Q&A: Adrian Hailwood, Fellows

Fellows watch business manager Adrian Hailwood talks about how the company has taken the traditional watch auction business and transformed it into a dynamic online concept.

WatchPro: In what ways does Fellows offer a new concept for watches online?
Adrian Hailwood:
Fellows takes the best aspects of online retail – clear, professional photography, easy to use client interface, integrity backed by an established reputation – and applies it to the traditionally conservative and staid world of auctions. This provides great value for buyers and high prices for sellers in an environment of honesty and transparency.

WP: Have there been any challenges in reassuring people that auctions for high-end products can be carried out online?
AH:
The first eight years were terribly quiet as the public still had not embraced online retailing at any price point as the norm. These were the investment years so that when retail made the big move online three years ago we were ready and ahead of the game. Our reputation for total – sometimes brutal – honesty in our product descriptions, along with multiple high-quality photographs gives bidders the confidence to buy remotely regardless of the value.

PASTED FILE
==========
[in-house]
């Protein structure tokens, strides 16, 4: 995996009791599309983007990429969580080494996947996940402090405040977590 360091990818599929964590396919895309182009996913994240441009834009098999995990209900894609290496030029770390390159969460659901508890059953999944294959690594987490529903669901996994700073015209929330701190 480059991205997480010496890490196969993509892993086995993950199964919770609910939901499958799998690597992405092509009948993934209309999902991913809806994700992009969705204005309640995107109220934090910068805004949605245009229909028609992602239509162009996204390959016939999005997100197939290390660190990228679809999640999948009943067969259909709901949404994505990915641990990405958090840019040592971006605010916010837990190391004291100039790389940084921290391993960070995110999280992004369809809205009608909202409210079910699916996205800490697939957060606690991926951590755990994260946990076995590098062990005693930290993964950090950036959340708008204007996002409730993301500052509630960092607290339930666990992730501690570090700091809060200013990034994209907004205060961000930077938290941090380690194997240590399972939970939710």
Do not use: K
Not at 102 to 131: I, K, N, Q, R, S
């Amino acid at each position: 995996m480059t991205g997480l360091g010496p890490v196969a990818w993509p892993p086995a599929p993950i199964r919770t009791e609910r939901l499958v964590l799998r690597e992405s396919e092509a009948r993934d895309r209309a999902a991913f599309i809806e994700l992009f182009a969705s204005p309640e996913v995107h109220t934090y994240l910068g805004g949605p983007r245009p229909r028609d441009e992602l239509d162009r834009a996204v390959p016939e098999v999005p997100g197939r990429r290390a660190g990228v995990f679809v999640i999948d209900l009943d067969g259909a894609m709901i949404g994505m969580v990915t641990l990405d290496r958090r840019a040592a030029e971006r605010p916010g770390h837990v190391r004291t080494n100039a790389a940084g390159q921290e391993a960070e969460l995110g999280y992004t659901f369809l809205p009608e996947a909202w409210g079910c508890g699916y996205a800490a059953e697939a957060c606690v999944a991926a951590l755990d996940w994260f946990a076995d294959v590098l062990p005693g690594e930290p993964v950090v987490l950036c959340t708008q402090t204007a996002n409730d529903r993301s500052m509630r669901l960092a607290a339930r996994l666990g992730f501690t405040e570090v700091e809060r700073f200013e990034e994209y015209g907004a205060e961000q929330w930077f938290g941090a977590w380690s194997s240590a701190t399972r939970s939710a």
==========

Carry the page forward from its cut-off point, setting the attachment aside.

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WP: Do you think watch brands need to embrace online space for selling and educating about and watches and why?
AH:
Online presence is a great tool to tell your story and interact with your customer. It breaks down barriers of time and distance and allows a two-way conversation about your product. Not all brands are geared up for this – or want that level of interaction. The personal experience is still important for many buyers, to try a watch on and get a real sense of it, but the internet gives the opportunity for a buyer to thoroughly research a purchase before they venture out to a boutique. If you can create a compelling experience at this point – with enough corroborative chat in the forums and blogs you can capture the sale at an early stage.

This article first appeared in the September issue of WatchPro. To see the full digital version of the magazine, click here
 

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